Studying and Student life

Citing sources

Acknowledging the sources you have used

Every scholarly text (including your own paper or thesis) builds upon knowledge and findings of other researchers. For that reason you must always properly attribute the sources you use in your writing. It doesn’t matter if it’s an academic article or book, a blog post, a statement your professor made in class, a paper written by a fellow student, or information you found on a website. When incorporating someone else’s ideas into your work, you must clearly indicate that you have done so. This is called referencing or citing.


  1. You give due credit to the author you are citing.
  2. You make your text verifiable for others. The reader can ascertain what your ideas are, and what you have taken from others. You enable the reader to locate your sources.
  3. The exception to this rule: common knowledge. For example: “William Shakespeare was born in Stratford-upon-Avon in 1564” or “Alcohol consumption causes changes in behavior”.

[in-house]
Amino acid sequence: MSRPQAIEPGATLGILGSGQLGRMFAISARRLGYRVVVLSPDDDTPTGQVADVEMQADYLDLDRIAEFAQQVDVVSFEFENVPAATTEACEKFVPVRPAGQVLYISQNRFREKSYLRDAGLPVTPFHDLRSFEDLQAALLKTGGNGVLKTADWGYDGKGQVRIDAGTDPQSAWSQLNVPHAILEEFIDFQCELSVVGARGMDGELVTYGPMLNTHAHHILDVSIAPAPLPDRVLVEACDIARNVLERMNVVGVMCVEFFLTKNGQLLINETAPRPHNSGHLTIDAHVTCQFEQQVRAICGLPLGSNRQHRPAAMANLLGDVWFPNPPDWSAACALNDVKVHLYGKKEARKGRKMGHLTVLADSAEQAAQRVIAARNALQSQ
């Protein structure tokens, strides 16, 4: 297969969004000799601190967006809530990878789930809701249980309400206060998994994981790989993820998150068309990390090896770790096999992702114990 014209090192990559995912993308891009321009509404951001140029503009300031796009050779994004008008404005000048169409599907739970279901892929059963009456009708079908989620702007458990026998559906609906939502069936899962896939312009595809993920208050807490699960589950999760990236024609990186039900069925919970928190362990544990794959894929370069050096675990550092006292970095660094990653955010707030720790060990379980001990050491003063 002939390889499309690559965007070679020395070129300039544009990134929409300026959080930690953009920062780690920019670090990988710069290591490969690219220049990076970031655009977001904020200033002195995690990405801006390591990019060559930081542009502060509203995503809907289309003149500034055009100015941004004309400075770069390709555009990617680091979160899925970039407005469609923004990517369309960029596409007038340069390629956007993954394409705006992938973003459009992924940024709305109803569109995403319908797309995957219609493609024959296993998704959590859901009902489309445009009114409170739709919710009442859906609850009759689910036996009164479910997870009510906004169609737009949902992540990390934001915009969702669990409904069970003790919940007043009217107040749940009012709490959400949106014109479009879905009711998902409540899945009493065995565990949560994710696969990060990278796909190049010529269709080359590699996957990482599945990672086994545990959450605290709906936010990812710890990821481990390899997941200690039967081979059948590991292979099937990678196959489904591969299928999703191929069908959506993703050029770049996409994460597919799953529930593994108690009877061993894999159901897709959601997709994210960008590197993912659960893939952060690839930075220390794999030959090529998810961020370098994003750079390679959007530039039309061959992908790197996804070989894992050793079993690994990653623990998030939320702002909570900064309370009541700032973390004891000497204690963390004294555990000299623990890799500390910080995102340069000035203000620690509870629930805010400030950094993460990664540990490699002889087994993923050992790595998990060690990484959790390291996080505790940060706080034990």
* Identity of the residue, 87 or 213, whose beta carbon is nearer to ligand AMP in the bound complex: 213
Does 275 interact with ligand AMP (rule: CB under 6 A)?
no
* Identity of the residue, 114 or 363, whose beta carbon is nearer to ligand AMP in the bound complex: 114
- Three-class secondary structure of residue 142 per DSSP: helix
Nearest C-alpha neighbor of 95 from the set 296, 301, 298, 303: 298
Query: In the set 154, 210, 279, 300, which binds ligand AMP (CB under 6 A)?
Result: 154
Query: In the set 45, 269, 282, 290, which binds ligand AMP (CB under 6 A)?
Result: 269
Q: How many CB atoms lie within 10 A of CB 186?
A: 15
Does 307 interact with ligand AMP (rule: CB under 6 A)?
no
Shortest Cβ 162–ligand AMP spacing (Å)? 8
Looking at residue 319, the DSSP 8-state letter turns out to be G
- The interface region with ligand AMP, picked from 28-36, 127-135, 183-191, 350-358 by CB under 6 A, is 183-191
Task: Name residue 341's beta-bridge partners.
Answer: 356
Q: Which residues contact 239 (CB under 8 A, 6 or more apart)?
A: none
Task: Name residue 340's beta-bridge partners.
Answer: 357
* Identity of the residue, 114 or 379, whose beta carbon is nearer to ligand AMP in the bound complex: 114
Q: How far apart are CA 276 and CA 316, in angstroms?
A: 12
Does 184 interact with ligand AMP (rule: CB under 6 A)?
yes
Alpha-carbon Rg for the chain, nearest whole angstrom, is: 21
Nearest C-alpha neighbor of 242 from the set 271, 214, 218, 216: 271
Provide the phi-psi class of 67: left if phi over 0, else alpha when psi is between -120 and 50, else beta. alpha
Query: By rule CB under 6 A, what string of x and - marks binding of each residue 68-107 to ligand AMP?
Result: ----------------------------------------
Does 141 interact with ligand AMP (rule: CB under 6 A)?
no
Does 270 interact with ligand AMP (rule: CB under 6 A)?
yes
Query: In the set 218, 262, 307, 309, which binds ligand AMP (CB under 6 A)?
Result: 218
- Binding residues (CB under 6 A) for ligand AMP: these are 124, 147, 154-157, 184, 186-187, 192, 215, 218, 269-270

Quoting, paraphrasing, and summarizing

These are three ways to incorporate ideas from others into your text. Quoting is using identical segments of the source text. Paraphrasing means rewriting a short section of the source in different words whilst keeping the same meaning; summarizing involves putting the source’s main ideas into your own words.

A mistake less-experienced students frequently make is sticking too closely to the original text ('close paraphrasing'). Examples include maintaining the original sentence structure and simply replacing words with synonyms, or changing the sentence structure but not the words. For more information and examples, check the RefCite tutorial.

How to cite sources

Your lecturer will expect you to use a specific system for citing sources (a referencing style or citation style). Check out the page How do I reference? for information about the referencing styles used at Tilburg University.


Everyone who uses (parts of) a source without due acknowledgement is guilty of plagiarism. The university considers plagiarism a serious academic offense. Student who are found to have plagiarized will be subject to a sanction.

Want to know how to avoid plagiarism? Take a look at the RefCite tutorial.

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Questions about citing sources?

You can ask your question via the online form or visit our office hours. See appointment information specialist.